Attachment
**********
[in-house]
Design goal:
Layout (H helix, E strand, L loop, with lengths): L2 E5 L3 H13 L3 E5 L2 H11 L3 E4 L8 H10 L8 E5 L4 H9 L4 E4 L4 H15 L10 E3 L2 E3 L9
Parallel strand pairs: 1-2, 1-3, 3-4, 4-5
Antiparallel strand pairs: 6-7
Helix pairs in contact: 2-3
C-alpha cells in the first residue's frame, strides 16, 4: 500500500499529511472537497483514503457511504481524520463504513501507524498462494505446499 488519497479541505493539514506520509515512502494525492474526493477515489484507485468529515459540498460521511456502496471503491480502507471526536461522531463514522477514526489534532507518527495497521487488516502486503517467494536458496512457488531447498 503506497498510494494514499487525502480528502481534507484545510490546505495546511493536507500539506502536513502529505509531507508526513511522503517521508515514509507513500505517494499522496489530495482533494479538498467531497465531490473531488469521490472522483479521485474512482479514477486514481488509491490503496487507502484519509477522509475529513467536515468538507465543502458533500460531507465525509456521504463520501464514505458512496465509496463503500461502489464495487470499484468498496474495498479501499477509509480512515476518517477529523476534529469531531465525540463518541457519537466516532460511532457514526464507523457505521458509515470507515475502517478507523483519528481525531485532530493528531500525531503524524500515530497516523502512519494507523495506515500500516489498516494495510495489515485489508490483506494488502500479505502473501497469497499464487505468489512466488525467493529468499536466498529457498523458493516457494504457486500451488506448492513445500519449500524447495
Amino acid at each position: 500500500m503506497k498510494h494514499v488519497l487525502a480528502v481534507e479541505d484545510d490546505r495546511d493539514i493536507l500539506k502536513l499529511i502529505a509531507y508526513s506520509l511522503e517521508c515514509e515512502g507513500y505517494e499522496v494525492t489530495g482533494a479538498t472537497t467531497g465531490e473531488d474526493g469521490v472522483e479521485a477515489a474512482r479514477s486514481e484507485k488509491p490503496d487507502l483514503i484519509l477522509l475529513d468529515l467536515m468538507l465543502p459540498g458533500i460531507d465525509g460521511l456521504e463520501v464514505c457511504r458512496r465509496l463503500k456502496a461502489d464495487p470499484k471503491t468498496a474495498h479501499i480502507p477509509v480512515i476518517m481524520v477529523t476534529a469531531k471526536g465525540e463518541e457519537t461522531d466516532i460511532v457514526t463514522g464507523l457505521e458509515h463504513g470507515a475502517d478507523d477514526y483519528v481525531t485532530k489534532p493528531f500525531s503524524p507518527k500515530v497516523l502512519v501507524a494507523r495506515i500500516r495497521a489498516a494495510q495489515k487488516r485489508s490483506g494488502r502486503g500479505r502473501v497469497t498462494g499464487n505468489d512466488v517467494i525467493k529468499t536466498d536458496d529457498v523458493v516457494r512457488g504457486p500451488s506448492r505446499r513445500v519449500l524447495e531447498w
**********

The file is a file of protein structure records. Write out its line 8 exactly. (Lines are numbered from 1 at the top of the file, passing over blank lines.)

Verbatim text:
Amino acid at each position: 500500500m503506497k498510494h494514499v488519497l487525502a480528502v481534507e479541505d484545510d490546505r495546511d493539514i493536507l500539506k502536513l499529511i502529505a509531507y508526513s506520509l511522503e517521508c515514509e515512502g507513500y505517494e499522496v494525492t489530495g482533494a479538498t472537497t467531497g465531490e473531488d474526493g469521490v472522483e479521485a477515489a474512482r479514477s486514481e484507485k488509491p490503496d487507502l483514503i484519509l477522509l475529513d468529515l467536515m468538507l465543502p459540498g458533500i460531507d465525509g460521511l456521504e463520501v464514505c457511504r458512496r465509496l463503500k456502496a461502489d464495487p470499484k471503491t468498496a474495498h479501499i480502507p477509509v480512515i476518517m481524520v477529523t476534529a469531531k471526536g465525540e463518541e457519537t461522531d466516532i460511532v457514526t463514522g464507523l457505521e458509515h463504513g470507515a475502517d478507523d477514526y483519528v481525531t485532530k489534532p493528531f500525531s503524524p507518527k500515530v497516523l502512519v501507524a494507523r495506515i500500516r495497521a489498516a494495510q495489515k487488516r485489508s490483506g494488502r502486503g500479505r502473501v497469497t498462494g499464487n505468489d512466488v517467494i525467493k529468499t536466498d536458496d529457498v523458493v516457494r512457488g504457486p500451488s506448492r505446499r513445500v519449500l524447495e531447498w